study ataxia ErasmusLadder

How to study ataxia

Friday, 3 July, 2015

Gait and motor performance are studied extensively in neuroscience research, which is not surprising when you come to think of it, because it is affected in many neurological diseases. Ataxia is a common problem in Parkinson’s disease (PD), and many early onset Alzheimer’s disease patients (AD) also deal with it. Motor skills are also affected in patients with autism spectrum disorders (ASD) and attention deficit hyperactivity disorder (ADHD).

How to study ataxia

To study the underlying mechanisms and possible treatments of the motor control issues associated with these disorders, several, mostly invasive, tests have been developed to investigate mouse models. The cerebellum plays a crucial role in motor coordination, precision, and accurate timing and thus is the focus of many studies in this area.

A couple of years ago, the Erasmus MC (Rotterdam, The Netherlands) started the development of the ErasmusLadder, a completely new testing paradigm specially designed to assess motor learning and performance. The ErasmusLadder is now commercially available, and this post will list three examples of research with this tool.

White mouse

Free case study: testing cerebellar plasticity in mice 

Jan-Willem Potters used the ErasmusLadder in his thesis research to study the role of specific mutations of plasticity in the cerebellar microcircuit of mice. During daily sessions of 72 trials, both naïve locomotion and locomotion adaptation were tested. 

Curious to know if the ErasmusLadder was up for the challenge?

The essential role of granule cells in motor learning

Cerebellar granule cells form a large and important part of the vertebrate central nervous system. To uncover the role of these neurons in motor functioning, Galliano et al. minimized the output of these cells in a mice model and compared their locomotor performance to a wild type group. The ErasmusLadder test was one of the tests used to investigate both motor performance and motor learning skills. Interestingly, they found that overall motor performance was intact, indicating that only a few functioning granule cells are necessary for this. But, when it came to testing actual motor learning and memory, the significant differences between the treatment and the wild type group made it clear that this requires a higher number of functional granule cells.

Galliano, E.; Gao, Z.; Schonewille, M.; Todorov, B.; Simons, E.; Pop, A.S.; D’Angelo, E.; Maagenberg, A.M.J.M.; Hoebeek, F.E.; De Zeeuw, C. (2013). Silencing the Majority of Cerebellar Granule Cells Uncovers Their Essential Role in Motor Learning and ConsolidationCell Reports3, 1239-1251.

Different cells have different roles in motor performance

Maria Fernanda Vinueza Veloz and her colleagues also investigated specific neurons. In their study Purkinje cells, interneurons, and granule cells where the focus. Several knock-out strains were tested on the ErasmusLadder to unravel the role of each of the cell types. Motor performance was decreased in mice with decreased Purkinje cell output, as was evident from their ataxia-like phenotype. Other knock-out strains did not seem impaired in their motor performance, however, motor learning was difficult for all the treated mice. In addition, none of the mice showed lack of motivation as was evident from their willingness to leave the goal box. (For more about this research see this blog post.)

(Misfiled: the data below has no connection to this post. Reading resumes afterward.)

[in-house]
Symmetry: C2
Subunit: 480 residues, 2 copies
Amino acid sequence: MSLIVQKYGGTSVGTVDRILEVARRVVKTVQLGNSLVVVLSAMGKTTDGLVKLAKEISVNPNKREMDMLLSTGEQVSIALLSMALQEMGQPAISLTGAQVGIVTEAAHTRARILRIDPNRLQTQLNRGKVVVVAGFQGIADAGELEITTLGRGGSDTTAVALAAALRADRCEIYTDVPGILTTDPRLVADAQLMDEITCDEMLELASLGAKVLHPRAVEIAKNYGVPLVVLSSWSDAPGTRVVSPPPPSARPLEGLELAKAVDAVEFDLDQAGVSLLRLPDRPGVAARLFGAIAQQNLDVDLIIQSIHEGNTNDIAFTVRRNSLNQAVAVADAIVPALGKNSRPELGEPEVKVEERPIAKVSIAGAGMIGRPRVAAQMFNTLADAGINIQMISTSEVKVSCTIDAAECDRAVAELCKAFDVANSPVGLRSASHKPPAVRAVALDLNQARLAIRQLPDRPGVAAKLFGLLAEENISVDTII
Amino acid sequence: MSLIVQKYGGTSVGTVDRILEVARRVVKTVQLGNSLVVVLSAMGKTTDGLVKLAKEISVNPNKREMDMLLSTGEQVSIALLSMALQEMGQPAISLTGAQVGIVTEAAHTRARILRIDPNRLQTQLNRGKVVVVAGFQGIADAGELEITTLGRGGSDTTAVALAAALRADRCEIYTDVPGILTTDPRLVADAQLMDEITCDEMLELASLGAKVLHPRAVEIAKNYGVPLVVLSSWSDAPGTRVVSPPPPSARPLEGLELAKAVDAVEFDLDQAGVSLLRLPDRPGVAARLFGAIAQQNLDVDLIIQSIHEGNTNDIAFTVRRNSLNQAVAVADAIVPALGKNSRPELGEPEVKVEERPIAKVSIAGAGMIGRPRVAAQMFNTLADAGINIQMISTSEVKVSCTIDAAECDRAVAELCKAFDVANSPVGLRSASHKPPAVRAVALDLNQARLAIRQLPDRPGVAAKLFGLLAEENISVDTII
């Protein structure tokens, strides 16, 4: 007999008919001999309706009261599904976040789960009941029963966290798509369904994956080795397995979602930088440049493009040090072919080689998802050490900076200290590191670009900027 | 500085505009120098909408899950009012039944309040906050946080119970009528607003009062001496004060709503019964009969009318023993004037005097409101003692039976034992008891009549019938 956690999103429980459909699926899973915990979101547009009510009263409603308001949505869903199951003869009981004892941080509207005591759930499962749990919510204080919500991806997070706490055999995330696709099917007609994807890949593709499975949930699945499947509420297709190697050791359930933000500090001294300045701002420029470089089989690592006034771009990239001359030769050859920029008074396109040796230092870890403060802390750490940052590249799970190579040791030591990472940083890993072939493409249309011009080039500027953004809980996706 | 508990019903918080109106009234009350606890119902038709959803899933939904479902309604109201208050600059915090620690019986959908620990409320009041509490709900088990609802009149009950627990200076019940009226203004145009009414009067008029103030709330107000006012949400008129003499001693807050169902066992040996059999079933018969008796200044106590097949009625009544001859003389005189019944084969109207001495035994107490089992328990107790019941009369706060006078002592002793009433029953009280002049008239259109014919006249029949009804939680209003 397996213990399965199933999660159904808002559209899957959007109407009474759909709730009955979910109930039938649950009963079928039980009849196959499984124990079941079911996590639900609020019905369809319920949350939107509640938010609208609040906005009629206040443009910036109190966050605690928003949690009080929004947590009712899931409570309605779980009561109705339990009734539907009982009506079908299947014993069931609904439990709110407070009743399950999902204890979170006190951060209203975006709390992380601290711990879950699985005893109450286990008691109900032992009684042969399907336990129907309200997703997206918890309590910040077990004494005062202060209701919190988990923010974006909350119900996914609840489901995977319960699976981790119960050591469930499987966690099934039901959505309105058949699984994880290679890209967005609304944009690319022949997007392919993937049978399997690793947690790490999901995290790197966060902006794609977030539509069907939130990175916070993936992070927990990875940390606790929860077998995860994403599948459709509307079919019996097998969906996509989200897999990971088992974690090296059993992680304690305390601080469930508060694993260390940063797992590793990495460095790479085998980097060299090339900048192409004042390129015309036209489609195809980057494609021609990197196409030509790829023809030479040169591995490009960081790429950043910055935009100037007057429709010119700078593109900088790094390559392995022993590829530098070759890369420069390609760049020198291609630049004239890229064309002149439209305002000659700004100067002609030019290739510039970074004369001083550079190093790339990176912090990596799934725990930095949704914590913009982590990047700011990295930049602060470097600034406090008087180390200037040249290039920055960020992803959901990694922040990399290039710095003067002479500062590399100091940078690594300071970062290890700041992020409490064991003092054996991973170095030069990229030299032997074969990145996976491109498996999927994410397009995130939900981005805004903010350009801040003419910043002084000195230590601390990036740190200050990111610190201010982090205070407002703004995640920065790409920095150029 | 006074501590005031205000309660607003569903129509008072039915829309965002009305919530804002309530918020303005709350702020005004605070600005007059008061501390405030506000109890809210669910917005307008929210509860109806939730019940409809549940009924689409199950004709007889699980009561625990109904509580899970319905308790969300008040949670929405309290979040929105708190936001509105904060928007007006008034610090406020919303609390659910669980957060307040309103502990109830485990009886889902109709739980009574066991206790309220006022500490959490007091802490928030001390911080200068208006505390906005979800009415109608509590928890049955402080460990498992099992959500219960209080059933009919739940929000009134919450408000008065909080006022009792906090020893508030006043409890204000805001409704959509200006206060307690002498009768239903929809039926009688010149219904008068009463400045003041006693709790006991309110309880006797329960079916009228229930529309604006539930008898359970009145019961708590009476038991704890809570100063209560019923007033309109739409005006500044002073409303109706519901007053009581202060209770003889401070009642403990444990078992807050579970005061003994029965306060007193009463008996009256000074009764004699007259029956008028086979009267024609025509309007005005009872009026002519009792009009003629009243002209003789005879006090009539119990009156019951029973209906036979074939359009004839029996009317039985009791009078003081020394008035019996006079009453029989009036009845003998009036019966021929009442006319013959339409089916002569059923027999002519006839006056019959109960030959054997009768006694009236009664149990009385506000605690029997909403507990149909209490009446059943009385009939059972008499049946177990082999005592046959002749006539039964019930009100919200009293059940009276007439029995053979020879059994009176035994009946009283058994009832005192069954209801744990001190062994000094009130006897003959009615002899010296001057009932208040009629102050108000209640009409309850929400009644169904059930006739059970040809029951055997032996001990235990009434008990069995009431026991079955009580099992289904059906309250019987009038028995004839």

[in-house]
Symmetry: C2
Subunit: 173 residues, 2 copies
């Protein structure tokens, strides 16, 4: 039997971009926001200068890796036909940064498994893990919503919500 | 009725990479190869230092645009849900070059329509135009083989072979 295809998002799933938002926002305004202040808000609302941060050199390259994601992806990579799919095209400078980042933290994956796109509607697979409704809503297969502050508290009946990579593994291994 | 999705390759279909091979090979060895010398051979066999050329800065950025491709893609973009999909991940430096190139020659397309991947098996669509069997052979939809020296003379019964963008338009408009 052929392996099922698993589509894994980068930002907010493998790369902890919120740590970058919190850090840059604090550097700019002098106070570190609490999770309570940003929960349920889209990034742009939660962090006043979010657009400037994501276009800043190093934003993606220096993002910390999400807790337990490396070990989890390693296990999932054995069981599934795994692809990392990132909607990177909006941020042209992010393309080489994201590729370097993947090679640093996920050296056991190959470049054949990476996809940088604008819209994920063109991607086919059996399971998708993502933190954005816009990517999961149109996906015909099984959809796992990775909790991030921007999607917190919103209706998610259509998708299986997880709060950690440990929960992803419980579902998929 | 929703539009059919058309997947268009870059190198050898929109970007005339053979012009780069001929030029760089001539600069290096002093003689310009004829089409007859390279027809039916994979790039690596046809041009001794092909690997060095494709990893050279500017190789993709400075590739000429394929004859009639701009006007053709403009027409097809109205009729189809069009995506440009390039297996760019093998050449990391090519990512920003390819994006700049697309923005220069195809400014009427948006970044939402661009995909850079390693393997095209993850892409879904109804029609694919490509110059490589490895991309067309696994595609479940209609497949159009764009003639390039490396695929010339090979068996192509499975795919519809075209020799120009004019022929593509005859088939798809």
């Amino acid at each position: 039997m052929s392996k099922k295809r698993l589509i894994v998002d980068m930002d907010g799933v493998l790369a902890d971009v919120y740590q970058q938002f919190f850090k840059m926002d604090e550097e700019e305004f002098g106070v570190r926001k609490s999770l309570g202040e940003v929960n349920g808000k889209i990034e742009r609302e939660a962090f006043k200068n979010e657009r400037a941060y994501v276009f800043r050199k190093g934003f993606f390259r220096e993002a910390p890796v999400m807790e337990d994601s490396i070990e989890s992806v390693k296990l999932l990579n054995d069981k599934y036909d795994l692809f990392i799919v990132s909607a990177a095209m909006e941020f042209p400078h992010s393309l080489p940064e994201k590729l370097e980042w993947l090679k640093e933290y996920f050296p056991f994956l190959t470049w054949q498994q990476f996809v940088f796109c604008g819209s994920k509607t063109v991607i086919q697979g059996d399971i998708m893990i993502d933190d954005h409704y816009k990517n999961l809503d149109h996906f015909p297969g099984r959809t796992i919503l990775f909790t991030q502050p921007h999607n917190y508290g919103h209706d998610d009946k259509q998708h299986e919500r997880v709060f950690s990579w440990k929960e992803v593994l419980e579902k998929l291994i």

Vinueza Veloz, M.F.; Zhou, K.; Bosman, L.W.J.; Potters, J.-W.; Negrello, M.; Seepers, R.M.; Strydis, C.; Koekkoek, S.K.E.; De Zeeuw, C.I. (2014). Cerebellar control of gait and interlimb coordination. Brain Structure and Function, doi: 10.1007/s00429-014-0870-1.

Do plaques in the cerebellum cause ataxia?

Diego Sepulveda-Falla and his colleagues were part of a study that was described in the media as groundbreaking research last year. They worked together with a cohort of 25 families from the Antioquia area in Colombia with a high prevalence of early onset familial Alzheimer’s (FAD) that was discovered to be caused by a mutation in the presenile1 (PS1) gene. Here, patients were symptomatic even before beta amyloid plaques were likely to occur in the brain, which is striking, since these protein build-ups in the brain were main suspects in the cause of the symptoms thus far. The same effect was found in a murine model of PS1 FAD – tests with the ErasmusLadder revealed motor performance and motor learning problems even before plaques were found in the cerebellum.

While previously it was thought that the gene mutation causes plaques, which in turn causes the symptoms, this study suggests that the PS1 mutation causes ataxia in these patients through a different mechanism in the cerebellum. This is especially interesting in light of the current clinical study family members have entered, because here a drug is tested that is specifically targeted at preventing the formation of plaques.

The researchers are now eagerly awaiting the data to see if the ataxia also disappears (For more about this research see this blog post.)

Sepulveda-Falla, D.; Barrera-Ocampo, A.; Hagel, C.; Korwitz, A.; Vinueza-Veloz, M.F.; Zhou, K.; Schonewille, M.; Zhou, H.; Velazquez-Perez, L.; Rodriguez-Labrada, R.; Villegas, A.; Ferrer, I.; Lopera, F.; Langer, T.; De Zeeuw, C.I.; Glatzel, M. (2014). Familial Alzheimer's disease-associated presenilin-1 alter cerebellar activity and calcium homeostasisJournal of Clinical Investigation124(4), 1552-1267.